Taking a car or motor vehicle
Most expatriates in Cyprus will need a car – the public transportation system can be unreliable. If you wish to import your own vehicle, it’s fairly straightfoward while we remain within the EU. You are permitted to import one car free from duties and taxes as long as you have owned and used it for at least six months in the UK. Your car must be imported within a year of your move to Cyprus. You may also need to provide evidence of your car purchase.
If you need to use your car straight away, you can drive with your UK plates for up to six months on a temporary import. To be able to permanently drive the car, you will need to apply for a permit and register your car. You can opt for a permanent import from the outset, but it can take up to a month to get your car registered and released from customs. This is why many people opt for a temporary import first, so they can drive it sooner, and later apply for a permanent import. Speak to your Move Coordinator about the best options for you.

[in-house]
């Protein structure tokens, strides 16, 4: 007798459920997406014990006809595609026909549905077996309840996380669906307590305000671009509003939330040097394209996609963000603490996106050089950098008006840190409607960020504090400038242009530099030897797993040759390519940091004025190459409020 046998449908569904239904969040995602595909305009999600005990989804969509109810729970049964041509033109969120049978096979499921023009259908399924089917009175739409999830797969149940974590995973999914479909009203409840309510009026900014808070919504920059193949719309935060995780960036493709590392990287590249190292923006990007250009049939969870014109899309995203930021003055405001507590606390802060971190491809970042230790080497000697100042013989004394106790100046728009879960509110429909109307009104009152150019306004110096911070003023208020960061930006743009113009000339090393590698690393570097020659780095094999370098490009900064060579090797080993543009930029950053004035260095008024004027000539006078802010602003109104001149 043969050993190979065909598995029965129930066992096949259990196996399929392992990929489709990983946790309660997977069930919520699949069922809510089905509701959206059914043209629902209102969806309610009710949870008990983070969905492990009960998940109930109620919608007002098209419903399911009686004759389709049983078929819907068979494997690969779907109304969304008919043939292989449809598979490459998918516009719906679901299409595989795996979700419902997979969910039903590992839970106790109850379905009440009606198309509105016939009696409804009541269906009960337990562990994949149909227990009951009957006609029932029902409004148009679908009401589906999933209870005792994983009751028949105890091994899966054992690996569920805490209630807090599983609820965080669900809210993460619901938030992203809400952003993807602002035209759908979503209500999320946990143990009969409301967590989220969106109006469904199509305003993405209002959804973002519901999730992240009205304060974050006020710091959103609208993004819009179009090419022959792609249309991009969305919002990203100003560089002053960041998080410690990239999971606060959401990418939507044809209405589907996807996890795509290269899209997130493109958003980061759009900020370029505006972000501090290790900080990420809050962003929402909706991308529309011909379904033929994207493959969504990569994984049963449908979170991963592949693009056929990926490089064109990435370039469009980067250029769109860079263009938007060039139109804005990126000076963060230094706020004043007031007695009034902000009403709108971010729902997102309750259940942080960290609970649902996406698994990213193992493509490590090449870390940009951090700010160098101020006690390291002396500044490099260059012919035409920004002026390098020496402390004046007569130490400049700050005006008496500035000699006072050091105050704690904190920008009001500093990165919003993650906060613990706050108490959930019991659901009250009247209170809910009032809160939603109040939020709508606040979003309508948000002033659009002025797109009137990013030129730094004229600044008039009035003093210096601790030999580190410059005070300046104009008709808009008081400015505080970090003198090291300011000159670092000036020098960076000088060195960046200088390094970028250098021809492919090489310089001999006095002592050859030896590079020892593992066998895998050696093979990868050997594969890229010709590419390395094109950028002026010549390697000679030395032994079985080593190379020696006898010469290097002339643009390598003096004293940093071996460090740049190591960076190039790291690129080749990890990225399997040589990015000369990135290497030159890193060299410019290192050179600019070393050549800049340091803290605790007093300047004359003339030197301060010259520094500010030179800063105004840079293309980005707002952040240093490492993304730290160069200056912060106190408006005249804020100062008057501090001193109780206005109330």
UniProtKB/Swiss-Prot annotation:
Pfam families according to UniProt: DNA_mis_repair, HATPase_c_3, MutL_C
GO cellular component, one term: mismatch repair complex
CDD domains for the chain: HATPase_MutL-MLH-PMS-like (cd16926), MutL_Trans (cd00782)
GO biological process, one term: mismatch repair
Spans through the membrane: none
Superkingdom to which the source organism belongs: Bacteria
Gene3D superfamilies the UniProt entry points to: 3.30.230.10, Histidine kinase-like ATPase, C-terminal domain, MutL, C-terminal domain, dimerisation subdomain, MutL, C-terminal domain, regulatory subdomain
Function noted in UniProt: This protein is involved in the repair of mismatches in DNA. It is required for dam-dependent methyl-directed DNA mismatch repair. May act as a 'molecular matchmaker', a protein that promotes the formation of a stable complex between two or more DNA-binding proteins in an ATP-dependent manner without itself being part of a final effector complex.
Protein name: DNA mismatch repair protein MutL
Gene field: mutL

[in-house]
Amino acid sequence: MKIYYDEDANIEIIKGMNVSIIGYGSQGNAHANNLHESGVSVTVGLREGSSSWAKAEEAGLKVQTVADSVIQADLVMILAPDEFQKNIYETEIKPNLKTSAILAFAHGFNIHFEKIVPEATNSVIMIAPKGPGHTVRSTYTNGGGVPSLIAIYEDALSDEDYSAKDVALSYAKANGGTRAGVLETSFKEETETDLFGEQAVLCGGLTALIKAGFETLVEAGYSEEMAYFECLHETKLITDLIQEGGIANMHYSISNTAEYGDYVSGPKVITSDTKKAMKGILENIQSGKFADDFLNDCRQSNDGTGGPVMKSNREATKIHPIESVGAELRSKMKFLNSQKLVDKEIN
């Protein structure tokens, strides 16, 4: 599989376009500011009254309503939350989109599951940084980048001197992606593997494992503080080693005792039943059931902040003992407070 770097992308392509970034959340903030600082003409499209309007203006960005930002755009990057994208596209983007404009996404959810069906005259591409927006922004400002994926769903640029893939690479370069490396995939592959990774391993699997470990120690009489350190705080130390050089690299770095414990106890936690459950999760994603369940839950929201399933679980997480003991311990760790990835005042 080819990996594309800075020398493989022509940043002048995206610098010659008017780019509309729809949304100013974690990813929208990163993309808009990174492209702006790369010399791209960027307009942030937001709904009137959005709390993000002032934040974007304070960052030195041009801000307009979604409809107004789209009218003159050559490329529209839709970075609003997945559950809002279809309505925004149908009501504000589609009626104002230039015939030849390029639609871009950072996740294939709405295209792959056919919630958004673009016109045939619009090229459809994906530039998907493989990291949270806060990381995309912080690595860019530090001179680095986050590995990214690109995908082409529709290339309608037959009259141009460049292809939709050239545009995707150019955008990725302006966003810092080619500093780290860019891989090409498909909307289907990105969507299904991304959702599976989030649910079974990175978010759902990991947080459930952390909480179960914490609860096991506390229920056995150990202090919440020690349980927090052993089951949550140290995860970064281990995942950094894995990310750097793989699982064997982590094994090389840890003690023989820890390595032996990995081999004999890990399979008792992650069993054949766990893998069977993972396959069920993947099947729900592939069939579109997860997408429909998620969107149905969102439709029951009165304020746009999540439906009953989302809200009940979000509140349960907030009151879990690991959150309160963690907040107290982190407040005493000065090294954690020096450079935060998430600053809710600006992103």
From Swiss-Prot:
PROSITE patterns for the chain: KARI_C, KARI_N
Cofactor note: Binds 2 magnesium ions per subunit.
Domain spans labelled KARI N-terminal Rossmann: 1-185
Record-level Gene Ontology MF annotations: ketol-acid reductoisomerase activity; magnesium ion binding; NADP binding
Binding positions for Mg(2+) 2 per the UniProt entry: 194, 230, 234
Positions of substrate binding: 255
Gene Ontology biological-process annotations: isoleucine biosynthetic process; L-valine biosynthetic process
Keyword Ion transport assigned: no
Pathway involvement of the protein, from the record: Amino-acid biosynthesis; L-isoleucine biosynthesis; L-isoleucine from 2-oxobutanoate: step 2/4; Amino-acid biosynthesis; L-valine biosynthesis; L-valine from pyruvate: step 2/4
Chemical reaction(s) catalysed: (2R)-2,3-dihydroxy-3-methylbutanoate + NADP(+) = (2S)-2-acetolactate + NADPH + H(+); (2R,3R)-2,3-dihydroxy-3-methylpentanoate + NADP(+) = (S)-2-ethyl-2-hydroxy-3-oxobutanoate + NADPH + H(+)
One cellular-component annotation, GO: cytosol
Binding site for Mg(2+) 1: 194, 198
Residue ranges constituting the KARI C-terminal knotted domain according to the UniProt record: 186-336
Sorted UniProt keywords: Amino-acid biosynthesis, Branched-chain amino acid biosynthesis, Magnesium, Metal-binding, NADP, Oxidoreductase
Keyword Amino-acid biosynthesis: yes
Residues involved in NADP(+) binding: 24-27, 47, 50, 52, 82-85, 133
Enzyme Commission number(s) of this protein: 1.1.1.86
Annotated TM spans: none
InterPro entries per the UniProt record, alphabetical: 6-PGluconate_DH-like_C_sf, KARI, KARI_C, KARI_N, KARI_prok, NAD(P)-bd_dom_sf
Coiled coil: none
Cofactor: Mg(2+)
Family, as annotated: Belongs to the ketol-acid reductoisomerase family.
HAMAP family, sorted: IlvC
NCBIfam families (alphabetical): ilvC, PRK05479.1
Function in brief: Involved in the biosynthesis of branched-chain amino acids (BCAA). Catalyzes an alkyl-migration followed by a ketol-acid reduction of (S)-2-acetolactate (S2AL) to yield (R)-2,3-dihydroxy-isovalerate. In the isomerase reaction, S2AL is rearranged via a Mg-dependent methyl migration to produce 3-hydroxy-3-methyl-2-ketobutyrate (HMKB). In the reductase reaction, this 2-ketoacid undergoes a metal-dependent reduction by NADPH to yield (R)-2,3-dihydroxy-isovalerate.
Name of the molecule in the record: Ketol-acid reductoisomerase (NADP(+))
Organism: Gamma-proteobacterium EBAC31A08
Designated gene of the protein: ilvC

Moving to Cyprus with pets
When moving to Cyprus, the usual EU regulations apply to your pets, so you should have no trouble importing your beloved cat, dog or ferret. Ensure that their vaccinations are up to date, their pet passport has all the relevant documentation and information, and that they have a microchip. The regulations are slightly different in Northern Cyprus, so it is worth checking with your Move Coordinator for the latest advice as it can be more complex and costly.
Cyprus Regional Information
Moving to Cyprus can have its complications because of the regional divides, but Cadogan Tate’s knowledge and experience makes the whole process much easier.
We know the country well and have put together a series of guides to living and working in Cyprus, so you can be well informed before you move.
We make regular trips to Cyprus, so we can advise you on the best packing methods and transportation to suit your budget.
We also offer international and UK-based storage options if you need to put some items into safe-keeping before you relocate. Get in touch today to discuss all of our services.